I saw an item on Digg about 250 scientists who were asked what they wish everyone could learn about science. My favorite answer is this:

I would teach the world that scientists start by trying very hard to disprove what they hope is true. When they fail, they have a good reason for believing what they hope is true, and can even convince others of its truth. A scientist always acknowledges the possibility of error, and is less likely to be mistaken than one who always claims to be right.

– Antony Hoare Senior researcher at Microsoft Corporation

To be right more often, acknowledge the possibility you’re wrong

4 thoughts on “To be right more often, acknowledge the possibility you’re wrong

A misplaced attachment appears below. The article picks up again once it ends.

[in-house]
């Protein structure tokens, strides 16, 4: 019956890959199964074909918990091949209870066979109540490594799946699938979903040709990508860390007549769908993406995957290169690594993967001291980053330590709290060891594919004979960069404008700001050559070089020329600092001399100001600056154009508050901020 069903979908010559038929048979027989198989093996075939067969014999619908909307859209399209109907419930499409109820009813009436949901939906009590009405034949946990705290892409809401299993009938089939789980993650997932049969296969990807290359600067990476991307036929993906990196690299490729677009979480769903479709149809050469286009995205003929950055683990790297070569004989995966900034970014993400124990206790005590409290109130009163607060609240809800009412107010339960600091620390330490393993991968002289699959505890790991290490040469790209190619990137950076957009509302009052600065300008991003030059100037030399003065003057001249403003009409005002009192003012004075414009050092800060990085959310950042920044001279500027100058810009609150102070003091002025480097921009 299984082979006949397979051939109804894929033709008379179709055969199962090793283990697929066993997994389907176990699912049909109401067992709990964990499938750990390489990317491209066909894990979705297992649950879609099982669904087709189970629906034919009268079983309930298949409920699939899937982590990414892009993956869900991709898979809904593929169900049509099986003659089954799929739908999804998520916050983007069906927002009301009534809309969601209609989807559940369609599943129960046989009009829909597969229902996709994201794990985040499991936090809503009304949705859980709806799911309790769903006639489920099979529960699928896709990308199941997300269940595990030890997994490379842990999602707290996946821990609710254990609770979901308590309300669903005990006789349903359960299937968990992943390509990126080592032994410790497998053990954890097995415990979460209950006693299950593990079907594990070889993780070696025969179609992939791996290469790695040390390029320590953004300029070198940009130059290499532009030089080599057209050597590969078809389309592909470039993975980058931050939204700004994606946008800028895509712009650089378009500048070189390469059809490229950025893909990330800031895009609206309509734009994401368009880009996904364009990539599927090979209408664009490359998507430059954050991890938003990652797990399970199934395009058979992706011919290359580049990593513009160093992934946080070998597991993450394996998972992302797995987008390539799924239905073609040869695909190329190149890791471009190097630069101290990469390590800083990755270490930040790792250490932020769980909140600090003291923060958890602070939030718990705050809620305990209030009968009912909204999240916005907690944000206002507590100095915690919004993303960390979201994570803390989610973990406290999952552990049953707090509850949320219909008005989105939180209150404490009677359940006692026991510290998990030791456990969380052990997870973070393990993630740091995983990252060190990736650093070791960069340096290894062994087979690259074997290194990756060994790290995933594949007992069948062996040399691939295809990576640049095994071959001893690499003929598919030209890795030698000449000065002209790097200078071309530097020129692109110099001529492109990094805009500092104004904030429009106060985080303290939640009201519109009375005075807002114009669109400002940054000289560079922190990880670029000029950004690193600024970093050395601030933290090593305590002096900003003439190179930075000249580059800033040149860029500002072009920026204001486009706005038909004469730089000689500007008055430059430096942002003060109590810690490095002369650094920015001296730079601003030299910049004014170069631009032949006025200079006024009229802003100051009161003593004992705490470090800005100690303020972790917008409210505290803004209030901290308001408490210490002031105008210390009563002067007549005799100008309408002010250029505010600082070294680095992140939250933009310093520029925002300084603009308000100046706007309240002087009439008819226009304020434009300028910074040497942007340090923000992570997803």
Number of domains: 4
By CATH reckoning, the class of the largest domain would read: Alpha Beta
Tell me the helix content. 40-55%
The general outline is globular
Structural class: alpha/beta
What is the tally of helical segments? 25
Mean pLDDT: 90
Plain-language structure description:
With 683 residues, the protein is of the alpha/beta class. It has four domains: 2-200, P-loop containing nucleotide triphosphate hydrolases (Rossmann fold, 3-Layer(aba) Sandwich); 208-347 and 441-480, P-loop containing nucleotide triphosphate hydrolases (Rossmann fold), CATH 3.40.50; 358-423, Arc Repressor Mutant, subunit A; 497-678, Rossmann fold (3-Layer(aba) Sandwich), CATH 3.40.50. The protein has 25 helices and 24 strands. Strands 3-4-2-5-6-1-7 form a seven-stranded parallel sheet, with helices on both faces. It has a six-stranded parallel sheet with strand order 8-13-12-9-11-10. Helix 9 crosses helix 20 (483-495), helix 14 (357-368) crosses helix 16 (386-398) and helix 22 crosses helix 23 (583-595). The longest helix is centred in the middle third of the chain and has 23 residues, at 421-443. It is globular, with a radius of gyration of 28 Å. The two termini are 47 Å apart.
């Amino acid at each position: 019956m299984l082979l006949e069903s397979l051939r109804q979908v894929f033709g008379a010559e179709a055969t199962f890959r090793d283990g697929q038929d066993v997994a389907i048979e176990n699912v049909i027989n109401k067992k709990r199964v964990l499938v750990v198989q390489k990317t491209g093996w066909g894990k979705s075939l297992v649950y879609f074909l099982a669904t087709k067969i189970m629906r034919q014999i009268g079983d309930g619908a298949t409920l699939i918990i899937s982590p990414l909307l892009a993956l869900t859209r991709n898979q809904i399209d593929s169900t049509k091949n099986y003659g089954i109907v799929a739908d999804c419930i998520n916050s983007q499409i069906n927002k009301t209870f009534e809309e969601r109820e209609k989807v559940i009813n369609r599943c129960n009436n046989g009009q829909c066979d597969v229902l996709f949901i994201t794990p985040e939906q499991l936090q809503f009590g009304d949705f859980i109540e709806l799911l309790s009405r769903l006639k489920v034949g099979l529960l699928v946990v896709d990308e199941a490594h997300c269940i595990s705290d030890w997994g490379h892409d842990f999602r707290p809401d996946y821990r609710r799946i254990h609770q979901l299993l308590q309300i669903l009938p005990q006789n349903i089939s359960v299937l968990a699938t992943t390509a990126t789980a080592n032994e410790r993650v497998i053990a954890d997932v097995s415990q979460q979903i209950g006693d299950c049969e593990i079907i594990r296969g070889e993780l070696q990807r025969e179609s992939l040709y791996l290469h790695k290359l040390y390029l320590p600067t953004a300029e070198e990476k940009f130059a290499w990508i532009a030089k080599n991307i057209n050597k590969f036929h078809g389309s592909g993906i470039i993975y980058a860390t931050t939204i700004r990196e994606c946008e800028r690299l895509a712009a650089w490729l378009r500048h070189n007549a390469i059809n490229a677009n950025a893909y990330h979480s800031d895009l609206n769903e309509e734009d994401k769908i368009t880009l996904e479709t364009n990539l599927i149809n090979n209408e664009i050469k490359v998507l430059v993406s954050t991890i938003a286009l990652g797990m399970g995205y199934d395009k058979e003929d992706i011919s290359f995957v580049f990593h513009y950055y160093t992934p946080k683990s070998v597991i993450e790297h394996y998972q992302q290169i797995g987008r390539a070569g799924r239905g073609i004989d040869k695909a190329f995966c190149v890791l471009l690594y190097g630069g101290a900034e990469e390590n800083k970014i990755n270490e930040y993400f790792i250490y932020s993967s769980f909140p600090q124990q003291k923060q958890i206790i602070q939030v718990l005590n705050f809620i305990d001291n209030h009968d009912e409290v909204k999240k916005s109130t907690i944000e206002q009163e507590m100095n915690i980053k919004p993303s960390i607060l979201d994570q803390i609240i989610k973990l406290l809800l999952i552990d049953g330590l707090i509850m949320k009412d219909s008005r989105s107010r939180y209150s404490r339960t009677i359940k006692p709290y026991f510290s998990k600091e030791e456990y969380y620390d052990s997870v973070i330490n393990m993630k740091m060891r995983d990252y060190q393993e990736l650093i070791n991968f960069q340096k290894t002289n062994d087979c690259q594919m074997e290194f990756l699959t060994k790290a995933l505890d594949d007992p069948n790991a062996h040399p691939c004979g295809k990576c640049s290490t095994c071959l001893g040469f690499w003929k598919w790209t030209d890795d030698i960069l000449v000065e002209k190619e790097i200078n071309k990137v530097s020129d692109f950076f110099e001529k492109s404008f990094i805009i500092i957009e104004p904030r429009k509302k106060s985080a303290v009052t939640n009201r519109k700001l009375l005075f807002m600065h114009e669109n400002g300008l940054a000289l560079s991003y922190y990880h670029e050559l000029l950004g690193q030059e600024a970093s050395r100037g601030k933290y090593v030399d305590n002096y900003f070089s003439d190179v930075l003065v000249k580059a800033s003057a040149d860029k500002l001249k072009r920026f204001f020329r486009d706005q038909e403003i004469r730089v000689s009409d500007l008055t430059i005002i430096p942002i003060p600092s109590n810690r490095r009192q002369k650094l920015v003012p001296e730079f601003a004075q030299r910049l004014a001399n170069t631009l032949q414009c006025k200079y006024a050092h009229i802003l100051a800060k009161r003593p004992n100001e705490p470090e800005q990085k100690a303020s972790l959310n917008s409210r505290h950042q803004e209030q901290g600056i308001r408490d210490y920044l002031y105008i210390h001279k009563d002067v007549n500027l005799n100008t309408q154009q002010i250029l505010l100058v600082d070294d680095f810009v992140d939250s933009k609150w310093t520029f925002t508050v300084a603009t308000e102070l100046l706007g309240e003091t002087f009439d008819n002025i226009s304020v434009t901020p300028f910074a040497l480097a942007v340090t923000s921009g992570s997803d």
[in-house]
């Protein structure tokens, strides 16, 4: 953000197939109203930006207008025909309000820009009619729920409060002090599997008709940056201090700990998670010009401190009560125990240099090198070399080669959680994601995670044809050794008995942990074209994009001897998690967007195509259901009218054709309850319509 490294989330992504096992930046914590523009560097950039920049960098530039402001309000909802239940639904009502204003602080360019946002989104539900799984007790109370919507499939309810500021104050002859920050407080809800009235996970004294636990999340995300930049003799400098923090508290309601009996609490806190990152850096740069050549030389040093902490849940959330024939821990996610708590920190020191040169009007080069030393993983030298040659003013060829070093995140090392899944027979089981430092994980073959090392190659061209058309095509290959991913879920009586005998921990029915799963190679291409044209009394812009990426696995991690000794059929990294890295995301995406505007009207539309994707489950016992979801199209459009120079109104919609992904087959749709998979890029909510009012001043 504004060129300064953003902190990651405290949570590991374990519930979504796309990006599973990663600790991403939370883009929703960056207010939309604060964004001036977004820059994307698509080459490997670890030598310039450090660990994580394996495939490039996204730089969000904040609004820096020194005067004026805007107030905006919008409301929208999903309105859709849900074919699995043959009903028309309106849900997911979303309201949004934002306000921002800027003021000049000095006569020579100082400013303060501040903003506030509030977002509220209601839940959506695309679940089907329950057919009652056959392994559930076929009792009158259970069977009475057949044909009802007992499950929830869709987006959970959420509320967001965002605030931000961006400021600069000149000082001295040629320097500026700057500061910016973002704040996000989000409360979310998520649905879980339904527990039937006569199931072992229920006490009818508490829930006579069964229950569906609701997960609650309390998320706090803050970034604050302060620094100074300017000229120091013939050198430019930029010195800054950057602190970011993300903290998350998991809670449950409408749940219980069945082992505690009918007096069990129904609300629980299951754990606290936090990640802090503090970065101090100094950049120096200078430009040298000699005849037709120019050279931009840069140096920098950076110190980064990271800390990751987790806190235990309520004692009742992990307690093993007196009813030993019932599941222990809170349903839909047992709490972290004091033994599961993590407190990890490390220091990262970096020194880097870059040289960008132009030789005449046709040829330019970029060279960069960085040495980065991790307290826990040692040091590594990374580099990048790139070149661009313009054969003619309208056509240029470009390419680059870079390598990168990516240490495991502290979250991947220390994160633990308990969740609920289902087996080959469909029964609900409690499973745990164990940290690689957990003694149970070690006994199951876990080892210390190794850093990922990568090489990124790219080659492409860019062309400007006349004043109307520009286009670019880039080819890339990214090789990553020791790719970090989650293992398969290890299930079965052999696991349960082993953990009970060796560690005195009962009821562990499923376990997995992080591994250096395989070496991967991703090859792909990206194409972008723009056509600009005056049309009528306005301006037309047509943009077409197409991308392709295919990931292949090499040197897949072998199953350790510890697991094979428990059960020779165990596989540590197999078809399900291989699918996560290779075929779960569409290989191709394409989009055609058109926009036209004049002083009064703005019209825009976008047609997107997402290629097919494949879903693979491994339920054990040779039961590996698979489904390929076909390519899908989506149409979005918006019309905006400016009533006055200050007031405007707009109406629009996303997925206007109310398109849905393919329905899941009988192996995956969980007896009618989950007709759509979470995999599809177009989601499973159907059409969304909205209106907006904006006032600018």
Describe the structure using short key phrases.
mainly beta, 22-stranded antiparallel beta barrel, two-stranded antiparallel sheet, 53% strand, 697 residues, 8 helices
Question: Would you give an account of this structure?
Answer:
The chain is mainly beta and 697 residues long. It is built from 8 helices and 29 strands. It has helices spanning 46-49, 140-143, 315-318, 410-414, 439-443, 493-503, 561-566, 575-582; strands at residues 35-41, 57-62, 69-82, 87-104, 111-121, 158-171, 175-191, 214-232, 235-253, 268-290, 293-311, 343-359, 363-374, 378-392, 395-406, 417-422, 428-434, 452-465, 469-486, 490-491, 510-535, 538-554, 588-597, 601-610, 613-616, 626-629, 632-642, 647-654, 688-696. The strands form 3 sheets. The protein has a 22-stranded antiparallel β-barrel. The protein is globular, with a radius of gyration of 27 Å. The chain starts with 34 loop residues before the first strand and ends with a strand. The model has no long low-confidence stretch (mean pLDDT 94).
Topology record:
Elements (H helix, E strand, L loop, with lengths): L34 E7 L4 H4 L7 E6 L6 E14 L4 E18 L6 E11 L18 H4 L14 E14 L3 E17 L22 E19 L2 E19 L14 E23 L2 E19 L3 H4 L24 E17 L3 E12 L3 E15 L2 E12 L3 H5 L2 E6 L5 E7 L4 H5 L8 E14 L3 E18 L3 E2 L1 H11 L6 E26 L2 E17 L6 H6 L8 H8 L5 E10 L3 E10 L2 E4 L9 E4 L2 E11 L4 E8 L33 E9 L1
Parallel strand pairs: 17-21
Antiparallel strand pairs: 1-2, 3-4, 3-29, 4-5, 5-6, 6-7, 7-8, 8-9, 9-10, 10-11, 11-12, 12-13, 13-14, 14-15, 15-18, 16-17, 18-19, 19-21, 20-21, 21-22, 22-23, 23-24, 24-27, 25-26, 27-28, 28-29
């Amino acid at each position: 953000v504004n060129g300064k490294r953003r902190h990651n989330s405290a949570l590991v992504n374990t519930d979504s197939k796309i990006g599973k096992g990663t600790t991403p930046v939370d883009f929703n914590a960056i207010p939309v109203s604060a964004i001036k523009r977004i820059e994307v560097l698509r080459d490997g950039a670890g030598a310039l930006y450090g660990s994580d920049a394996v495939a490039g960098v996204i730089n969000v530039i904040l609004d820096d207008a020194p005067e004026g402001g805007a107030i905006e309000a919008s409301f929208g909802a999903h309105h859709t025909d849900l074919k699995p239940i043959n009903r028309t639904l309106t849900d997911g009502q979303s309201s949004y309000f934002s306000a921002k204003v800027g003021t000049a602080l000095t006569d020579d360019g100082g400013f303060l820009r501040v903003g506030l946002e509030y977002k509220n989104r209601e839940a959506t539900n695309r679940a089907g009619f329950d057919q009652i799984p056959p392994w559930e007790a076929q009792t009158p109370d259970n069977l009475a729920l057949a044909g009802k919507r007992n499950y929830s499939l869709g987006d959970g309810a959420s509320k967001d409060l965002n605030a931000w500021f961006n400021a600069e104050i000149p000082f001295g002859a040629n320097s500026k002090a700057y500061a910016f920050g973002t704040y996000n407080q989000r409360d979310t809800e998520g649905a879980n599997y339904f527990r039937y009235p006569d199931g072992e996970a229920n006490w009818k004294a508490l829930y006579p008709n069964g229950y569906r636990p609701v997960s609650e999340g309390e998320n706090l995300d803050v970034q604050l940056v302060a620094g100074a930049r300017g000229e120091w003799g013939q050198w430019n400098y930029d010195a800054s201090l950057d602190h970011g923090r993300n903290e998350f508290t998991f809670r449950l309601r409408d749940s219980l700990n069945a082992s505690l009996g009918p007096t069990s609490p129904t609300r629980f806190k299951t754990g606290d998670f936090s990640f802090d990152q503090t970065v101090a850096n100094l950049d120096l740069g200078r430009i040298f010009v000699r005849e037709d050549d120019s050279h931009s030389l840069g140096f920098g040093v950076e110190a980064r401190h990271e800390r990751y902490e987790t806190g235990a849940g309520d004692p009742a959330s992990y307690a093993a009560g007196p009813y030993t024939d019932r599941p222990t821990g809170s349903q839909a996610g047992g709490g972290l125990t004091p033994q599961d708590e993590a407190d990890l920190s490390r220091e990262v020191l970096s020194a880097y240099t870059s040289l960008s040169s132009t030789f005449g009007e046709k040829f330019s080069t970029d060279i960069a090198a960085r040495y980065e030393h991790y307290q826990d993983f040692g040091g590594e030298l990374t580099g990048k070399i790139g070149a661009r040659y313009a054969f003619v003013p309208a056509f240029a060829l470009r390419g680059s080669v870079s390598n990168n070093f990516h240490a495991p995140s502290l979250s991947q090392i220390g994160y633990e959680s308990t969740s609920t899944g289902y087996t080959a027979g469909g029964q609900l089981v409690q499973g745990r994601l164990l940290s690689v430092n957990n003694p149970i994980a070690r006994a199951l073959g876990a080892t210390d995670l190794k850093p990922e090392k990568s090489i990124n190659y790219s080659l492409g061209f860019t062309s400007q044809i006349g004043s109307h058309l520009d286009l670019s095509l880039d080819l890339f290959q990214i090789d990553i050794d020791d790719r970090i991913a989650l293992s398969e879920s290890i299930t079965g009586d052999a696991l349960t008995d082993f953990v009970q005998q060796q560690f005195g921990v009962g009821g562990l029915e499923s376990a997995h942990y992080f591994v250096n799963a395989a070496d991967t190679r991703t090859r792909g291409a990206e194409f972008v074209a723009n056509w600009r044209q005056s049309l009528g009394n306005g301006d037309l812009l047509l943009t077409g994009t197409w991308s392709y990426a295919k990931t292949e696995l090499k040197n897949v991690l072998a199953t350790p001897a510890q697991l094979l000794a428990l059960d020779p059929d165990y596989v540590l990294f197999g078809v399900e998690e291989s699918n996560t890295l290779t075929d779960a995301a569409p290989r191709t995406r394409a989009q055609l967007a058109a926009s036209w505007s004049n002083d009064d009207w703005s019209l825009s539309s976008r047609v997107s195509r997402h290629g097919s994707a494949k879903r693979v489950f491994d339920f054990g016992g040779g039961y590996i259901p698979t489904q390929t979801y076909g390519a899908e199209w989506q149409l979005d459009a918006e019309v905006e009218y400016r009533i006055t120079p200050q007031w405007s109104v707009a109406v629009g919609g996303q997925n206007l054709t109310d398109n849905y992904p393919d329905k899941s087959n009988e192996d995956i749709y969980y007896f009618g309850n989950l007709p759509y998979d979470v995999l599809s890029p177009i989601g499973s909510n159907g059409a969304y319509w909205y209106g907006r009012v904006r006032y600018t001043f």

• January 24, 2007 at 10:29 am

    I wish that were actually true, but for the 3 years or so that I was in college and reading high end journals mostly what I saw was people publishing obviously false conclusions using bad data or bad data practices. Now, you could say “then those aren’t scientists” and I would agree with that, but since they have titles and jobs that declare them scientists and the world in general and even others in their field consider them scientists, that’s not a useful definition.

  • January 25, 2007 at 1:29 pm

    Karlis has said that exact thing before – but I wish there was a simpler way to sum up.

  • January 26, 2007 at 7:41 am

    Yeah, it is a little wordy.


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